Photo credits: Kamlesh D Pednekar
Debt-ridden Air India, which is to go under the hammer, will see a part of its art and collectibles showcased at the Nehru Centre in Mumbai from Thursday.
The exhibition titled ‘Maharaja of the Skies – An Indian Heritage’ is being organised by the Society for Culture and Environment.
The collectibles consist of hundreds of memorabilia that mostly include reproductions but also a few originals from Air India, the organisers said.
The originals include a book with JRD Tata’s flight records, Royal Doulton porcelain plates with the carrier’s logo, flight recorders and scale model aeroplanes. The reproductions comprise posters and photographs of calendars, diaries, coasters and paintings.
chairman and managing director Ashwani Lohani told Business Standard that earlier plans to house the entire collection of art and collectibles in a new museum built just for it have been shelved.
“Now, the entire collection of art work will be housed at the National Gallery of Modern Art in Delhi in the near future,” he said. In other words, divestment or not, the art and memorabilia will not go on the block.
He went on to add that the exhibition was a powerful reminder of Air India’s past glory.
Photos: Kamlesh D Pednekar
He said, “One cannot but help remember what a great culture Air India
was imbibed with in the past, from having its own glamour and style quotient, to its own engine works.”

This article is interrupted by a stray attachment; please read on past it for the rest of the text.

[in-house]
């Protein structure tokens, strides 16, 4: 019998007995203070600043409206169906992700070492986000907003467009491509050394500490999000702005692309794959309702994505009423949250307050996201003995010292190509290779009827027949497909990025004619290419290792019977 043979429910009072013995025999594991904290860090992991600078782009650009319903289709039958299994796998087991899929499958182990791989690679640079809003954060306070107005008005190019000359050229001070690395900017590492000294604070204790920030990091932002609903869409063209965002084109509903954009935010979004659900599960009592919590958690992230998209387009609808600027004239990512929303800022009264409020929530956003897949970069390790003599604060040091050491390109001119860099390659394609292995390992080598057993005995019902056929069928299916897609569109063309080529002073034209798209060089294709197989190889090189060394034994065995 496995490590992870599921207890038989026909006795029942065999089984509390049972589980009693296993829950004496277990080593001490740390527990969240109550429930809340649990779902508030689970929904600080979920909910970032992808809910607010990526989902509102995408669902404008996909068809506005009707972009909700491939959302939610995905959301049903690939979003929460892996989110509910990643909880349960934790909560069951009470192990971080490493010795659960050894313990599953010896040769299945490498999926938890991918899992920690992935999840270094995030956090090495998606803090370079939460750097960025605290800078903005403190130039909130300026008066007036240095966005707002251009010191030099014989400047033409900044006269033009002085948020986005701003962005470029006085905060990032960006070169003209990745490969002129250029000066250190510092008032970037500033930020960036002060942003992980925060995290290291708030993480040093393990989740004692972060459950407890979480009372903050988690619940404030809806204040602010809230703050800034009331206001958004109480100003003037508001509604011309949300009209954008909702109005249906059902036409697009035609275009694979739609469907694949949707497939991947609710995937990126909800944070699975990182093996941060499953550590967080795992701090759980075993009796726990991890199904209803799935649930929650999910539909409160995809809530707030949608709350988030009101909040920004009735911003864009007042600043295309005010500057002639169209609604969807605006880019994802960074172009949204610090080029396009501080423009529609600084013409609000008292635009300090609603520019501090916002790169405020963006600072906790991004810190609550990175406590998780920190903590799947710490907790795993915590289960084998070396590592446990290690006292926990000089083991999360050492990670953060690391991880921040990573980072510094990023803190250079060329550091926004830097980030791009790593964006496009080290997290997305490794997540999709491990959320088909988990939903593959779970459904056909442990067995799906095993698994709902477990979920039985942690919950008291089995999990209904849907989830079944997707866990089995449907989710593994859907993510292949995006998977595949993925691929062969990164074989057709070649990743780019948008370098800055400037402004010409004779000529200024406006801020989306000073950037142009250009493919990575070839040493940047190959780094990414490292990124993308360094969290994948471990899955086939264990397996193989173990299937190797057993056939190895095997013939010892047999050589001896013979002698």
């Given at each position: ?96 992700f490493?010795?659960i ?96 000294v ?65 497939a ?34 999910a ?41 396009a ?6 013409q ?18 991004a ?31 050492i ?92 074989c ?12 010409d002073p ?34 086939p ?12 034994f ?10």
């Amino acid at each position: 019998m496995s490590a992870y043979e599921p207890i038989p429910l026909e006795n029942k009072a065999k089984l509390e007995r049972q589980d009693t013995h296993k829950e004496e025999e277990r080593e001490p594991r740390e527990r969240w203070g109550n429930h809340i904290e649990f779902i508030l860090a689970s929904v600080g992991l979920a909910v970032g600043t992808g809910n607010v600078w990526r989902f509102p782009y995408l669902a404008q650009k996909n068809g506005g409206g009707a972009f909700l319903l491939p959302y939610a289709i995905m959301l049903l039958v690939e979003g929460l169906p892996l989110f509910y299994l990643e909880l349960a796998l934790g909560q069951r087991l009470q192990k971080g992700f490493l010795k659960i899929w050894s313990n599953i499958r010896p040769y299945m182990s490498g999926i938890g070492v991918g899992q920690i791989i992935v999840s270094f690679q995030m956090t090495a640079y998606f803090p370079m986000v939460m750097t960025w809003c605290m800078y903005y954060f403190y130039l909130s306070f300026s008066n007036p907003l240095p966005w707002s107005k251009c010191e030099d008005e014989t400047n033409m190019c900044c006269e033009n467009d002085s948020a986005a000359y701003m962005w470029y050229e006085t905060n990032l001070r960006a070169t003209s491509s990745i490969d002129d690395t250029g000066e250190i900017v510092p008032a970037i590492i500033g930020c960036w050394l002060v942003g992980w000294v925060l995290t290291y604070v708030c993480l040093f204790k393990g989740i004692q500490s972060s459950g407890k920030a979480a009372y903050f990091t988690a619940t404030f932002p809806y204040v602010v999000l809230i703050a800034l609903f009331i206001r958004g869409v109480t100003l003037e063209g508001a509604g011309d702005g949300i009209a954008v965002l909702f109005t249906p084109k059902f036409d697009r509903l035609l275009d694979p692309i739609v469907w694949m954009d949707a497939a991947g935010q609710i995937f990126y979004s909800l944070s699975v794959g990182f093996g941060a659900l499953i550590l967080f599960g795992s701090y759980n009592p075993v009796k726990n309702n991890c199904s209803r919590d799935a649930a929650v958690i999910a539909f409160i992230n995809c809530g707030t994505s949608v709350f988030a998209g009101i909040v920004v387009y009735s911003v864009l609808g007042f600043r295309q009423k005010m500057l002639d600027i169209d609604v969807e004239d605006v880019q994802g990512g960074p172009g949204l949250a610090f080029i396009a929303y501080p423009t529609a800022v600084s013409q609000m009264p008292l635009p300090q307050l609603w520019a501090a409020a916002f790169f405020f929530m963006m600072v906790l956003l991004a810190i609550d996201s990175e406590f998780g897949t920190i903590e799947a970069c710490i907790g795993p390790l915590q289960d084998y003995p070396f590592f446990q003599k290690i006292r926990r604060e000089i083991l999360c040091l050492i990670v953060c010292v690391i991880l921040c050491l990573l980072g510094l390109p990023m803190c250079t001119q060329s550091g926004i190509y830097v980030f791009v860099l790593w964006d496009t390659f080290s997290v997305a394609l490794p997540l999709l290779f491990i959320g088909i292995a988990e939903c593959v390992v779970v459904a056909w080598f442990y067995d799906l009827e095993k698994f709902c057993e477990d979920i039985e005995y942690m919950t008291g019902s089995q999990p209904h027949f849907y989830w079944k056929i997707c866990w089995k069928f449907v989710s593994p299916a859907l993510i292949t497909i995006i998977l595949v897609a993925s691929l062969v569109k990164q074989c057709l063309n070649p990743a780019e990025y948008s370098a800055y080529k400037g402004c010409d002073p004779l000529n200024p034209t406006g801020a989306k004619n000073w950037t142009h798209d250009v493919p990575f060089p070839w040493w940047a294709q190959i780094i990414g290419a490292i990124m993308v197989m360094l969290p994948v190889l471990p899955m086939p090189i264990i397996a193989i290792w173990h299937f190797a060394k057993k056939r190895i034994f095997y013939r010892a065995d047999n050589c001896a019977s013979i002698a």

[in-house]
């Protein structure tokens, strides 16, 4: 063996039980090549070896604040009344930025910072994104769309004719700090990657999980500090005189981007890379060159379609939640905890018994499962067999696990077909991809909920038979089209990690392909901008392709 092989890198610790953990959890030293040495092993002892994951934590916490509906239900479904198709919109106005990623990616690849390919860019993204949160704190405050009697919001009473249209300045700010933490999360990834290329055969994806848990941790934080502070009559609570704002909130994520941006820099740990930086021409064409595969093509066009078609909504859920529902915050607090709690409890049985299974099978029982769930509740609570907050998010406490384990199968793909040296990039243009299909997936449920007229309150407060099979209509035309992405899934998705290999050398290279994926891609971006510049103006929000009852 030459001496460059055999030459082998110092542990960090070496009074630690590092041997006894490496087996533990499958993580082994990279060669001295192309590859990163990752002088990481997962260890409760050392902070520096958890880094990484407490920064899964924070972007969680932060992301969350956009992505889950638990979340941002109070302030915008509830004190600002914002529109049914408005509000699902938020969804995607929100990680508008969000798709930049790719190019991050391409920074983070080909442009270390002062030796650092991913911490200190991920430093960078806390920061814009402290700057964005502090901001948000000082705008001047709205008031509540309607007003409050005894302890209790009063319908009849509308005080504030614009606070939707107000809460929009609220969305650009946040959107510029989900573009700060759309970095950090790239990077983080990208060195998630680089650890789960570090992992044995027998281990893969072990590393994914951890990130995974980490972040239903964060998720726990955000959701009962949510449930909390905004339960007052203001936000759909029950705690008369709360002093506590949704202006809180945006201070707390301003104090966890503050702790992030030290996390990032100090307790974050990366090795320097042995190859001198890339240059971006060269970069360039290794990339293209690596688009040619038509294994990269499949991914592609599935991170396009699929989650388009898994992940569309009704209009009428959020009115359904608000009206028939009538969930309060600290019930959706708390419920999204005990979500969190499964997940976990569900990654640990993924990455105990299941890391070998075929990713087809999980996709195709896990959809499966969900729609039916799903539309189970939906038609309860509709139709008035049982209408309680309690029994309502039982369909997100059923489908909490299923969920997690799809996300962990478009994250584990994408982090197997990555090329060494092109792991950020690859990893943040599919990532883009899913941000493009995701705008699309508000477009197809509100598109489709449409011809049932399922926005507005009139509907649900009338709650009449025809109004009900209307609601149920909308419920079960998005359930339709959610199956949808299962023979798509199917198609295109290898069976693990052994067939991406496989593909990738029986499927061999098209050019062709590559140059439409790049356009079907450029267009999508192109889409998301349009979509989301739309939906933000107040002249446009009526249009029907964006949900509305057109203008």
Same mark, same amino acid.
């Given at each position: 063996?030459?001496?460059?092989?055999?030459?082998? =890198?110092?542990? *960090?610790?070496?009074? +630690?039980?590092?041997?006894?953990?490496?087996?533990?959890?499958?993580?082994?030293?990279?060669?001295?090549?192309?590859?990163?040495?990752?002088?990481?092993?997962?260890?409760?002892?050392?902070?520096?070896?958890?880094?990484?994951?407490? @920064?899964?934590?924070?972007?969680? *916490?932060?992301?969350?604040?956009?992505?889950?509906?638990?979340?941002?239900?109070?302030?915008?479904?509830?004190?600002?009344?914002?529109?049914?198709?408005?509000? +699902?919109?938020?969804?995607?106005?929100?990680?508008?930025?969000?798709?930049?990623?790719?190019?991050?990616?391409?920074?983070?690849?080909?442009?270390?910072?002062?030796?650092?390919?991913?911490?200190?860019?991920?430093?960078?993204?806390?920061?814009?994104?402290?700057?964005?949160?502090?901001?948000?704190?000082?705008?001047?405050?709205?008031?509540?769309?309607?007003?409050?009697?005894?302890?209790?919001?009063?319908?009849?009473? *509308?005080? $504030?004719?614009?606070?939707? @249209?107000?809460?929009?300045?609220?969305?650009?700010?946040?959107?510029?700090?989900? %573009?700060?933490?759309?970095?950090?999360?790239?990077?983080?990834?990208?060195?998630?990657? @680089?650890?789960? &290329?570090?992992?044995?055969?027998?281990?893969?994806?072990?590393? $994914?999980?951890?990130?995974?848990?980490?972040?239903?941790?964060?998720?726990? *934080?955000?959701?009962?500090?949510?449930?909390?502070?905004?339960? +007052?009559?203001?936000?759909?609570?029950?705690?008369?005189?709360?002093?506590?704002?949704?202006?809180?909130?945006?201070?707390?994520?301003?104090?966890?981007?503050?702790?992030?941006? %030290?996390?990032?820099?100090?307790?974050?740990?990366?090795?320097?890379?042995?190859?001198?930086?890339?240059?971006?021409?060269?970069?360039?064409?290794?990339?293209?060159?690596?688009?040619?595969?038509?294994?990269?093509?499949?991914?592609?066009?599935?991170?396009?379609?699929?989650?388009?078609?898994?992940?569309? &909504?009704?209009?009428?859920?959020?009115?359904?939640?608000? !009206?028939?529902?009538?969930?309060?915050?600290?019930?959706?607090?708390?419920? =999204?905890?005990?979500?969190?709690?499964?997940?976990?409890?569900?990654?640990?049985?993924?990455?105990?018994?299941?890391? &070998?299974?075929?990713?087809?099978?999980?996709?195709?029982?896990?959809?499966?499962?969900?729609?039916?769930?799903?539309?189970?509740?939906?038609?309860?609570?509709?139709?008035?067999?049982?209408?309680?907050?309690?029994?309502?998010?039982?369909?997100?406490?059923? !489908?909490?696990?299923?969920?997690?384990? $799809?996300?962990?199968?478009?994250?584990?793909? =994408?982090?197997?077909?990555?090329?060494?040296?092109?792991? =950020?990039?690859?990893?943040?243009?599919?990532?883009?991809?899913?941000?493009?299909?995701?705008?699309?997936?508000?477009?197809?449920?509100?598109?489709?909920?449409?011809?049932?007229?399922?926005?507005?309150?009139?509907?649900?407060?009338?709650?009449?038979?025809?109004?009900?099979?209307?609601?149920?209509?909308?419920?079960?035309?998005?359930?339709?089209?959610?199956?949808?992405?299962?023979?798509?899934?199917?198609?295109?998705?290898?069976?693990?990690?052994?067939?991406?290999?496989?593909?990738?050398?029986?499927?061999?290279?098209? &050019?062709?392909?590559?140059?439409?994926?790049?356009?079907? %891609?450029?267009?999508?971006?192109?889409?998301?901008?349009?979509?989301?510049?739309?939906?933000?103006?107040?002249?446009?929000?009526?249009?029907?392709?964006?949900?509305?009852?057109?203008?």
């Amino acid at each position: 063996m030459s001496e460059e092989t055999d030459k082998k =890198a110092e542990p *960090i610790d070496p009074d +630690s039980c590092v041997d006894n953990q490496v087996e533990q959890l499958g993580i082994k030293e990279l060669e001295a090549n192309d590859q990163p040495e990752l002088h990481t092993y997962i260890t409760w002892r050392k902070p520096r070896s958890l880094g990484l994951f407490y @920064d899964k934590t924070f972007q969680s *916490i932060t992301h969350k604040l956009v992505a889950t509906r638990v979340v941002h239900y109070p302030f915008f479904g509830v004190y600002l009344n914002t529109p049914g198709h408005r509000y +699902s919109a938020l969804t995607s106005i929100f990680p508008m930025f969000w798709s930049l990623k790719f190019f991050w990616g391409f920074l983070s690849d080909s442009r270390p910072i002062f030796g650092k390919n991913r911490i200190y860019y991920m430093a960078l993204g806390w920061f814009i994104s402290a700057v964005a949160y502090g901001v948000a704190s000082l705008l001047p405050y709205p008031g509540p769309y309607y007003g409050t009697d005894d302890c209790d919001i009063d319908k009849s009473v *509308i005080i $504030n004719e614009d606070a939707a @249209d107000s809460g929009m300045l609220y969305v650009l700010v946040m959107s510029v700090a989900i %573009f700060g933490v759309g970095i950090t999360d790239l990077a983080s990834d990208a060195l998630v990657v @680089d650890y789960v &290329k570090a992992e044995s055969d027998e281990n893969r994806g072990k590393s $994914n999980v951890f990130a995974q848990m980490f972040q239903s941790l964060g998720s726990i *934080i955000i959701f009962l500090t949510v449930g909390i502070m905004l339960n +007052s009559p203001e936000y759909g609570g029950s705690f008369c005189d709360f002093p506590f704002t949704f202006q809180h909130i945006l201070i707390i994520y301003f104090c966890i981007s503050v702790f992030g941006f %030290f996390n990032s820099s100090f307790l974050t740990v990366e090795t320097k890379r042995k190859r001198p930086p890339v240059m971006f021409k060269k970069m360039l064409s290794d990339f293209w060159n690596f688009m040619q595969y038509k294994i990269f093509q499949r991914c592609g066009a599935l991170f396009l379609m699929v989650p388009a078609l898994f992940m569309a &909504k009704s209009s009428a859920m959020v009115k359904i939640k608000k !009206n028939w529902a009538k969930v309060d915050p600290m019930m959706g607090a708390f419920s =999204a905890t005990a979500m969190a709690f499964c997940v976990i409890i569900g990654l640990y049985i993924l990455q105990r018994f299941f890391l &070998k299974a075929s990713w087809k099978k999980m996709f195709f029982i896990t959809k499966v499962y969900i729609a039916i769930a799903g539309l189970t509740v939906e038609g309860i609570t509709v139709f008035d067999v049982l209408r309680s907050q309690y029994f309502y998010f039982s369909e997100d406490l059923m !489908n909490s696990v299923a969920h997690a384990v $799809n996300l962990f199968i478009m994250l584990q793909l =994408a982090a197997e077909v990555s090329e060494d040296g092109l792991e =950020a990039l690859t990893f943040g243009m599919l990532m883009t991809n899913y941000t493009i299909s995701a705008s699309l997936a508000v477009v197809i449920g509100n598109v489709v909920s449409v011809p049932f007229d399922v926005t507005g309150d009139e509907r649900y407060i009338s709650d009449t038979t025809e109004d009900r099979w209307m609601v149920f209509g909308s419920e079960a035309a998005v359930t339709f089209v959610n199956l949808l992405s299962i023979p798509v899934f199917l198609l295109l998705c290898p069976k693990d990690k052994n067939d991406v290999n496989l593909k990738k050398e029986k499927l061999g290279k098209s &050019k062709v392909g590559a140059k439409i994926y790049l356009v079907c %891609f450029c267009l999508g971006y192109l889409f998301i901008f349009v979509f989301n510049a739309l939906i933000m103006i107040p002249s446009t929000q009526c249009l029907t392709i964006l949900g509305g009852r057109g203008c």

Despite its troubles, he said, the airline still flies to over 40 international destinations and is operating 450 flights daily.
was also renowned for having a strong culture of investing in art to promote the airline with department budgets and personnel specifically dedicated to achieve that.
Its art department had patronised young talent who went on to become established artists and include B. Prabha, whose paintings were first bought by the carrier. The original collection includes six-feet long paintings by MF Husain, and other large works by VS Gaitonde, Anjolie Ela Menon, Jitish Kallat and Sakti Barman. It also includes textiles, sculptures, wooden artefacts and even ash-tray sculptures that were created by artist Salvador Dali. The collection also includes diaries, posters and sketches by Goan artist Mario Miranda.
How many pieces does the collection consist of? While speculation in public domain has ranged from estimates of 10,000 to 40,000 pieces, it’s not known as to how many exactly there are in the catalog of collectibles.
Air India officials declined to offer specifics, saying even letterheads, annual diaries and coasters were collectibles and hence the number was high but not available off-hand.
Dinesh Vazirani, CEO of art gallery and auction house Saffronart, said Air India’s collections happened over decades and they were not just in India but in all of its offices internationally as well. “The collection, which is a store of Indian heritage and history, would be best served by being housed in museums across the country, given that it is after all government property,” he added.
Is there a valuation to the entire collection? Experts say it’s hard to narrow it down to a single number because of the diversity of artefacts in the portfolio.
“The original posters of Air India itself sell for between Rs 50,000 and Rs 60,000 each which is high for just a poster,” said Ashvin Rajagopalan, director of the Piramal Art Foundation.
“The original masters like Hussain and Raza are in the crores,” he added. The entire collection is hard to zero down in value but its scope and expanse are legendary, he further said.
Meera Dass, the official who curated the exhibition, said the point of the display was to encourage a look-back at the history of India’s only state-owned airline whose mascot is depicted by a turbaned Maharaja. It carried a tagline ‘The airline that treats you like a Maharaja’.